While Doug thinks that Tess isn’t much of a player, Clyde looks at the bigger picture. Green Point is a farm-to-table fast casual company that has had 18 stores in the last five years. It’s posed for a major expansion and that happens to be Tess Symington’s company. Doug wants to close this deal himself, but he needs Marty to give him the opportunity. Good luck with that. Marty will be joining the game tonight.
Jeannie learns that the pod is aware of the sexual harassment claim. The harassed has become the harasser. Jeannie doesn’t know what Mark is thinking. It’s a fucked up thing, but she believes that Teddy will know it’s bullshit because it’s a giant pain in the ass.
Over at Kaan & Associates, Doug attempts to walk Marty through filling out a character sheet, but Marty wants to just get to the details. Doug asks who Marty is, and he is a warlock named Gadric Kedirith. Doug gets quickly irritated and rips up the profile, then asking Marty not what he is, but who he is. The best D&D characters, Doug says, are personal extensions of who we are. He asks Marty to dig deep.
So Marty is dreaming of being the guy who is punching Doug right in the face. That’s a good place to start, a combative nature. Just as Marty tells Doug to dial it back a thousand, Clyde joins in with his character: a sneezing dwarf who whistles while he works. Doug takes offense to this, saying that dwarves are strong fighters and adept at deflecting magic, not like those shitheads that hang out with Snow White. Okay, then.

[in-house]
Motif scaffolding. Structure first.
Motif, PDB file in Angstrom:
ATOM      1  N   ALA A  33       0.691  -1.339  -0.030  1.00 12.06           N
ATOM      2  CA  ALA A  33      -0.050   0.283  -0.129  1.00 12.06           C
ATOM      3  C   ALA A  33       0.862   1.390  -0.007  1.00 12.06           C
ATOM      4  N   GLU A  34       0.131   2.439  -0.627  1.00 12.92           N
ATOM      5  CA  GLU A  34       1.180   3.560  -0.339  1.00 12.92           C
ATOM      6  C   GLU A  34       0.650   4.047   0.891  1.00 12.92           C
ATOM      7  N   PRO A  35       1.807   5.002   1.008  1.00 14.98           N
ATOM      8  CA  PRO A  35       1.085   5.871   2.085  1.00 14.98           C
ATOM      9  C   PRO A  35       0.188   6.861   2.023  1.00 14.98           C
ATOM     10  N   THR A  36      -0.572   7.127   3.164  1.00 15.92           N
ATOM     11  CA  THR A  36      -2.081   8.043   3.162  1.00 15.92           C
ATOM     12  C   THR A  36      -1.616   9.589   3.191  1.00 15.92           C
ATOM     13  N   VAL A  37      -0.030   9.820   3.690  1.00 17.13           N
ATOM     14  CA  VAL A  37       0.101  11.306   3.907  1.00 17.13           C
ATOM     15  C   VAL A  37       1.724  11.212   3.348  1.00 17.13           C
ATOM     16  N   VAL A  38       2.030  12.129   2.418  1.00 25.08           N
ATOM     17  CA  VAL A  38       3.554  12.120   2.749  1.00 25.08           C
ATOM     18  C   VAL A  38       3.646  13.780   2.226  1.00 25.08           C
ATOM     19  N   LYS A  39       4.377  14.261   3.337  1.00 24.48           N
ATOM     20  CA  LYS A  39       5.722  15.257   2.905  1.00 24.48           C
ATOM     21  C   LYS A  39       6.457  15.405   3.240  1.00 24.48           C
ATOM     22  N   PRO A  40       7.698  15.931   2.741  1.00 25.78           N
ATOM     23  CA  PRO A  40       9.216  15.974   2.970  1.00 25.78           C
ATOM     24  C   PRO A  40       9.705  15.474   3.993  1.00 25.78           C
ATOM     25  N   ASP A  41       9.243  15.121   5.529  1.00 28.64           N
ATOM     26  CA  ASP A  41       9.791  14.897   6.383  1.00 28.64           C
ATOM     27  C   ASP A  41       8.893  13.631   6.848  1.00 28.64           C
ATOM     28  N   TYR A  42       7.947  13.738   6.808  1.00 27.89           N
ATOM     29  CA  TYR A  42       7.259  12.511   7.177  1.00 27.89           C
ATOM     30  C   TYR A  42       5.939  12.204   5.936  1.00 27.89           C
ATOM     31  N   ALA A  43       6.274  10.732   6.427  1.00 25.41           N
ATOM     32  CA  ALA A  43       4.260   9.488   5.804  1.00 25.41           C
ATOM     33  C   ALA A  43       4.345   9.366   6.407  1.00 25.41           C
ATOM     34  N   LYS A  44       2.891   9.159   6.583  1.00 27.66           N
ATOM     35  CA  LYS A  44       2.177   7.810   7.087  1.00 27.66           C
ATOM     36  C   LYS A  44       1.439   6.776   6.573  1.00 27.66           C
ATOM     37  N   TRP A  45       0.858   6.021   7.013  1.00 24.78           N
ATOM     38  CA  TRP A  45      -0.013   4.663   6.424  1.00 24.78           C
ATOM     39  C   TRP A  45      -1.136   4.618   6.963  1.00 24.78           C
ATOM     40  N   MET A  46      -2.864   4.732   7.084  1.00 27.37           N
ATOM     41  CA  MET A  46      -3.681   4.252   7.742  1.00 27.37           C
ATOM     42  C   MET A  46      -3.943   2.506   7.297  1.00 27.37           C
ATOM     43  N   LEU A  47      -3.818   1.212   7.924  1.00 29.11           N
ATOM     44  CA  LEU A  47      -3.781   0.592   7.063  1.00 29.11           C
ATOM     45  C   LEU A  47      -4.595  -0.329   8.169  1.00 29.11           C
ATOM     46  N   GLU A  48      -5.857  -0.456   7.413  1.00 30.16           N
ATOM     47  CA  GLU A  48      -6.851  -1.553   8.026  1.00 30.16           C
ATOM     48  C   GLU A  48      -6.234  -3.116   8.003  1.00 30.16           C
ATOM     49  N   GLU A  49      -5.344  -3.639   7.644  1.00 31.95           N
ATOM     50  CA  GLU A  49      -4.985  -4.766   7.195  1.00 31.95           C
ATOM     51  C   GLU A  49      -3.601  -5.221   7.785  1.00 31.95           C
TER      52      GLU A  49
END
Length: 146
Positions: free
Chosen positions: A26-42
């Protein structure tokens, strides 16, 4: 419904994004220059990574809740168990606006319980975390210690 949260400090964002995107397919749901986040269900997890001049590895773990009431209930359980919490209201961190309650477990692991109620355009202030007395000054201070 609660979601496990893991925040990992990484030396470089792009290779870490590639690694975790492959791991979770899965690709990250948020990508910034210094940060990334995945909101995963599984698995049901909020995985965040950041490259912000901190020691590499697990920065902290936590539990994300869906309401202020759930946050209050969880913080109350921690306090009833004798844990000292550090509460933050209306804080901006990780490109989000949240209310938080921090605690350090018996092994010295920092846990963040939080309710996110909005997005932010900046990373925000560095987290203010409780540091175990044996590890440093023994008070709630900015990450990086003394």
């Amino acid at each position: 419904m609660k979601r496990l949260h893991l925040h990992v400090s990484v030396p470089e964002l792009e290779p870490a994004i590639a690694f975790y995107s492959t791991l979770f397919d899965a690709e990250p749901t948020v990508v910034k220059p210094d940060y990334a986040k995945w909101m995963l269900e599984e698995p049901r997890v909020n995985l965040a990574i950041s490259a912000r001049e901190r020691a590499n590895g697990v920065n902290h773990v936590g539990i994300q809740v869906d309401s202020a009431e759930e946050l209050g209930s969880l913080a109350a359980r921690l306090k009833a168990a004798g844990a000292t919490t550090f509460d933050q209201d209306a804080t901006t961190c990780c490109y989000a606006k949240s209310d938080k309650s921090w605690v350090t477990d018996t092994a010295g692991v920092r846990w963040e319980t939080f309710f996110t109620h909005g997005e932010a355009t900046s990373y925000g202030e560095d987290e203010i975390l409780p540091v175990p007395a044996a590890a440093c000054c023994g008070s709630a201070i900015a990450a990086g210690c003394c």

Okay, there is a reason Clyde is here. He dug into Davis-Dexter’s budget allocations. Their so-called defendable ratio of R&D marketing is not so defendable. Every department has their hands in R&D’s pockets. I.T. built a server farm and marketing helped itself to some television spots. There was also a Hawaiian boondoggle for the sales team and some very ethical doctors.
Davis-Dexter would take a serious public relations hit if this became public knowledge, but, as citizens, the pod has a duty to protect the civic interest. The pod has found the final piece that makes them undeniable. Clyde plans to call his friend at the Journal. He wants Doug to work on a rough deck, as he and Kelsey have tickets to see Tale Impala. Well, that’s not gonna happen. Tick-tock, Clyde.
The next day, Teddy goes to Jeannie about the Journal article. Jeannie sees this as a great thing because the abuse predates him. He, therefore, can play the white knight and let the company focus on defeating Novax. In light of the article, though, Teddy believes that the board will show the wisdom of reallocating its resources.
Just as Jeannie plans to make sure Marty and the pod are on the same page, Teddy hands Jeannie her letter of resignation to ensure an orderly transition. Even if what Mark said is false, Teddy notes that there’s always a swirl of drama around Jeannie. She might not have created it, but she opened the door to it. What’s more, Teddy spoke to Whip Huxton and knows about Jeannie’s end run to the board. Her fingerprints are all over this leak.
Teddy is no idiot, but Jeannie disagrees with that. She’s worked her ass off to ensure the company’s financial health and Teddy’s future at the company- neither of which would have happened if she had happened for the Cowardly Lion to mosey down the Yellow Brick Road. Jeannie needs to pick better metaphors.